Ok, so the title is misleading. I didn’t actually make beef stew, but my mom did. And it was delicious. Carne con papa is what she’d call it, beef and potatoes. She made it in the slow cooker with potatoes, carrots, onions, garlic and various spices. I would love to get a book of slow cooker recipes. That’d be a great dorm room resource. Technically we’re not allowed to have them but what they don’t know can’t hurt them. Besides, I’d put it in the kitchen with a threatening sign so no one touches it. Another idea might be figuring out how to cook cuban foods easily in a dorm kitchen or even microwave. I know that they now have mixes for stuff like congri and moros y cristianos. That’s an option. Thing is you can’t make a sofrito without a stove. But sofritos are quick. Maybe if I made the sofrito and used the microwave for the rice and beans…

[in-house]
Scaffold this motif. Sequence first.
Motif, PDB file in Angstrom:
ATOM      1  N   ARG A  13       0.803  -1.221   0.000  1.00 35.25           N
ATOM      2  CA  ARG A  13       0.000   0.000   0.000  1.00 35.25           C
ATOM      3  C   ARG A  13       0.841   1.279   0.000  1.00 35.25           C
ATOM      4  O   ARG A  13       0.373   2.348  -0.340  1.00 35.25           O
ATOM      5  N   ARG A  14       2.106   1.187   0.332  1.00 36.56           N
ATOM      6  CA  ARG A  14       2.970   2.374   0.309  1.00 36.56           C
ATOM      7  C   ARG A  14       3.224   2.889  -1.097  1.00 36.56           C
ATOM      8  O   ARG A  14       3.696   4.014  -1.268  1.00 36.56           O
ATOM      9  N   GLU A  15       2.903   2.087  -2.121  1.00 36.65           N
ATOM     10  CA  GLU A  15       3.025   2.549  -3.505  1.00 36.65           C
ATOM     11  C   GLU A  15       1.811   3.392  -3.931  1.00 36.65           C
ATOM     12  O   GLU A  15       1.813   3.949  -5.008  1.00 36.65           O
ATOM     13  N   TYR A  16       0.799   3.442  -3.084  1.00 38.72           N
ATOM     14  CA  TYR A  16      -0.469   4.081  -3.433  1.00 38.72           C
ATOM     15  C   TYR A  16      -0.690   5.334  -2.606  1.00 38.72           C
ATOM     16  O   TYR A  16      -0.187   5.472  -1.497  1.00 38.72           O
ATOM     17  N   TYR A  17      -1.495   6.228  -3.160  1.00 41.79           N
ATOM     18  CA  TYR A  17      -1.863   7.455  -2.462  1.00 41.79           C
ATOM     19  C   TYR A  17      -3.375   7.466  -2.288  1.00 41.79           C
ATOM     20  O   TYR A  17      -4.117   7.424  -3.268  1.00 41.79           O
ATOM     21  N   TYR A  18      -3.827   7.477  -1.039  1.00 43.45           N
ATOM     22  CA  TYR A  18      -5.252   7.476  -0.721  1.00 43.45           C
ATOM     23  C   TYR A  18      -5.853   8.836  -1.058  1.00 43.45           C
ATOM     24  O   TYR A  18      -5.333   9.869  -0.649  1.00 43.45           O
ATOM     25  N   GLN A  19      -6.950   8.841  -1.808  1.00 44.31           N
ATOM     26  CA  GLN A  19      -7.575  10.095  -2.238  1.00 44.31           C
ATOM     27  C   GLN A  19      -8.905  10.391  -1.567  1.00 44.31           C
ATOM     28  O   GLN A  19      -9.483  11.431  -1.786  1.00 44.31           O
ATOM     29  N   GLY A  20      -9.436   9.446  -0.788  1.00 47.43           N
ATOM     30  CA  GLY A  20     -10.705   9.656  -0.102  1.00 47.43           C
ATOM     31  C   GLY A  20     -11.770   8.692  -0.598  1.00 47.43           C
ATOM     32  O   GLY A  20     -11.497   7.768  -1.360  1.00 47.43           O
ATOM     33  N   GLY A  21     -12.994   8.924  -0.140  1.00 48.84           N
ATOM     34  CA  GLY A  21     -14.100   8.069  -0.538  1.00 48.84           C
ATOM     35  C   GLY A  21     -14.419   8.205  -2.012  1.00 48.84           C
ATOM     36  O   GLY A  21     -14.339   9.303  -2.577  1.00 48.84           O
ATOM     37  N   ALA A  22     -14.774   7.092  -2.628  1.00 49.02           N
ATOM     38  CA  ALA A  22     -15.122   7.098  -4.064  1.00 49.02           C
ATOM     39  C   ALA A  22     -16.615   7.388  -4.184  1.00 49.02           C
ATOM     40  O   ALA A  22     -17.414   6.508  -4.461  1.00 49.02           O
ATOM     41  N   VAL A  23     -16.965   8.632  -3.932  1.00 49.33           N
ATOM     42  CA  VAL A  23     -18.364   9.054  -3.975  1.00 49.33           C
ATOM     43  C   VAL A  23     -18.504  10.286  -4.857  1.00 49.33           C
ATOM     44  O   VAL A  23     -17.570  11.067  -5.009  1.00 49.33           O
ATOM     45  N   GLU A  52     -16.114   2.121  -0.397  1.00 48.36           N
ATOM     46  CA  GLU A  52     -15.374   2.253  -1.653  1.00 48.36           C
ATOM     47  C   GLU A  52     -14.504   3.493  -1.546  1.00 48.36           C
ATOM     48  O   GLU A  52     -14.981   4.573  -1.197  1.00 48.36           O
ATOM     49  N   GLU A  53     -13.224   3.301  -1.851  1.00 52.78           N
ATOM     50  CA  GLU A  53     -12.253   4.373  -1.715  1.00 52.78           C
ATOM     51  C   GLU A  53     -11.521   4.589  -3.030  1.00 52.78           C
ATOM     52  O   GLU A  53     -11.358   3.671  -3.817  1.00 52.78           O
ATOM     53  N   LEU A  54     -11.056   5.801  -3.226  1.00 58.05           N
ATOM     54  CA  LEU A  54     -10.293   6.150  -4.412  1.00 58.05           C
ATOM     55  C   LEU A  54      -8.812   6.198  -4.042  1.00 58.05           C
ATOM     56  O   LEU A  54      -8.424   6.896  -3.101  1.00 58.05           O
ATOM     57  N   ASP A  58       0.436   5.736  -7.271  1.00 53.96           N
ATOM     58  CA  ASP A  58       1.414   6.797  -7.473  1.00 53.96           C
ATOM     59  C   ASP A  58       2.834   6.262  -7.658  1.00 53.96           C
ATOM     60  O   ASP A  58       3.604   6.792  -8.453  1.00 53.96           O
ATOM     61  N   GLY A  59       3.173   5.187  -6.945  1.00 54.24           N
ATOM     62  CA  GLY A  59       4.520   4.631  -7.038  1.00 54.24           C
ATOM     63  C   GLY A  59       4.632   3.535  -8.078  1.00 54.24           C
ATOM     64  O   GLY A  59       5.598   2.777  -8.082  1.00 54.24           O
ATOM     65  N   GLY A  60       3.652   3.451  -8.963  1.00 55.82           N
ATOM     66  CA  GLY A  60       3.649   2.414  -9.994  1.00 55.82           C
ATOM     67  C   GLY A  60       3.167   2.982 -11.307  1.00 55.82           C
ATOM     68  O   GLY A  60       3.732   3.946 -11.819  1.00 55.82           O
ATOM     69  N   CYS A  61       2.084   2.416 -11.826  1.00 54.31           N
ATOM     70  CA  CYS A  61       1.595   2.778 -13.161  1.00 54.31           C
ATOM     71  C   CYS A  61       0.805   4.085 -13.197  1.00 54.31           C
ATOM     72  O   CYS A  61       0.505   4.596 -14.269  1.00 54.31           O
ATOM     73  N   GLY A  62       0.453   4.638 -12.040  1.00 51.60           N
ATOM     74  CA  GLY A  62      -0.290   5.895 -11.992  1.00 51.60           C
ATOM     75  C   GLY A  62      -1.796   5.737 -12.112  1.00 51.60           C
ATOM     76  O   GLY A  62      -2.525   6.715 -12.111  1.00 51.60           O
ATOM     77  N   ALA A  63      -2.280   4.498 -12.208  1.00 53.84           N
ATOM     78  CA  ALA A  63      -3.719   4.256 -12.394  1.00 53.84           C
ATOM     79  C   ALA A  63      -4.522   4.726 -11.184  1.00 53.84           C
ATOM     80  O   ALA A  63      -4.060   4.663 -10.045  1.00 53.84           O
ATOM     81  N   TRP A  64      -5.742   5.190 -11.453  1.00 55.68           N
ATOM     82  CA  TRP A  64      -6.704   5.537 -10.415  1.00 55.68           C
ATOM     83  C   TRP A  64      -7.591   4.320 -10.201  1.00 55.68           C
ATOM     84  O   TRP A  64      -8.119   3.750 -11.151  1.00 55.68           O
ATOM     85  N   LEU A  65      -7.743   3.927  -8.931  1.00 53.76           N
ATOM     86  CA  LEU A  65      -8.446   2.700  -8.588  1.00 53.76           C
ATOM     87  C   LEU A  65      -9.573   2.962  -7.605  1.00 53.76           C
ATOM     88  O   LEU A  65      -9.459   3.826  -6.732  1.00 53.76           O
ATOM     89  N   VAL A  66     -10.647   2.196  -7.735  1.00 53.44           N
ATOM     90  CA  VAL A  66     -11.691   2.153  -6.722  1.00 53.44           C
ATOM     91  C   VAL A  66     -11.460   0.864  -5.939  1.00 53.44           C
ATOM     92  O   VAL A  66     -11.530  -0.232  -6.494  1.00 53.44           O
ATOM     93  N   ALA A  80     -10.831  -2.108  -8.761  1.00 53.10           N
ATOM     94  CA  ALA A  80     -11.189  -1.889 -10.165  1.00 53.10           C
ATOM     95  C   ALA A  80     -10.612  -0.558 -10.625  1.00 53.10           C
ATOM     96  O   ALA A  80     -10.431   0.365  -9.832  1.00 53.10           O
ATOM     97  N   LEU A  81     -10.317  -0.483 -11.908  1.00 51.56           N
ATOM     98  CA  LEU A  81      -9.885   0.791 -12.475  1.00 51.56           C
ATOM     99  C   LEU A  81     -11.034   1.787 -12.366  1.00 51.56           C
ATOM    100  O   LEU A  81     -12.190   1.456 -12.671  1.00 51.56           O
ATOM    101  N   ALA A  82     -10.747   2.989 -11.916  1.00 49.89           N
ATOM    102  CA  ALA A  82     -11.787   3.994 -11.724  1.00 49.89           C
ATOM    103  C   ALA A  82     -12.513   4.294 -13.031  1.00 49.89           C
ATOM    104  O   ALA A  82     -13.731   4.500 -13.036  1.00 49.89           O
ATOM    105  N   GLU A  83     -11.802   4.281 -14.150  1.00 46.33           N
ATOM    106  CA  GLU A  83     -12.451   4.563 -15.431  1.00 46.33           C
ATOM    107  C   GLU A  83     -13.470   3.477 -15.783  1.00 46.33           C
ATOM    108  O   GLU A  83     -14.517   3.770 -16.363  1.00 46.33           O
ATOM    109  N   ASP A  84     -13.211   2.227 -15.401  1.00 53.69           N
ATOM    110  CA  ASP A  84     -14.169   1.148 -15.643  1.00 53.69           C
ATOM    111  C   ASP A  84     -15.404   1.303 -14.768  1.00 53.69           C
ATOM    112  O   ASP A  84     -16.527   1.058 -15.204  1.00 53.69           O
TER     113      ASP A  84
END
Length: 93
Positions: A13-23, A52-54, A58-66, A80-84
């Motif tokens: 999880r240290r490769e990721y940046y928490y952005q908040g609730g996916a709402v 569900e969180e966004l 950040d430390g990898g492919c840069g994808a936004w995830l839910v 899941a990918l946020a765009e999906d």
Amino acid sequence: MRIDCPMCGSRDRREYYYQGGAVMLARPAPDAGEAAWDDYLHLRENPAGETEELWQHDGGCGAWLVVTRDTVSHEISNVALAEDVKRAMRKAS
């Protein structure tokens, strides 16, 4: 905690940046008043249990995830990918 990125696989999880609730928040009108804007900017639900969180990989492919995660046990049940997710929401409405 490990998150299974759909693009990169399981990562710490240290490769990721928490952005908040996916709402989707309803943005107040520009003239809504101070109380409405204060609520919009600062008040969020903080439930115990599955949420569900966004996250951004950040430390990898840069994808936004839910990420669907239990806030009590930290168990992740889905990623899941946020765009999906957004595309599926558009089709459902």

Anyway…today I made soft pretzels (not Cuban :p) and pastelitos de guayaba, or guava pastries. The soft pretzels are from a Sandra Lee recipe and are very easy. You used frozen white bread dough, thawed, and break it into pieces. Then I roll them into long pieces and twist in a pretzel shape and put them on wax paper. Then you preheat the oven to 400 degrees and boil some water. When the water is boiling, boil the pretzels 2 or 3 at a time for about 2-3 minutes and then you set them on paper towels to drain. Then you brush them lightly with a beaten egg. Afterwards you sprinkle them with your desired topping, coarse salt or in my case garlic powder and grated parmesan cheese, and stick them in the oven til the golden.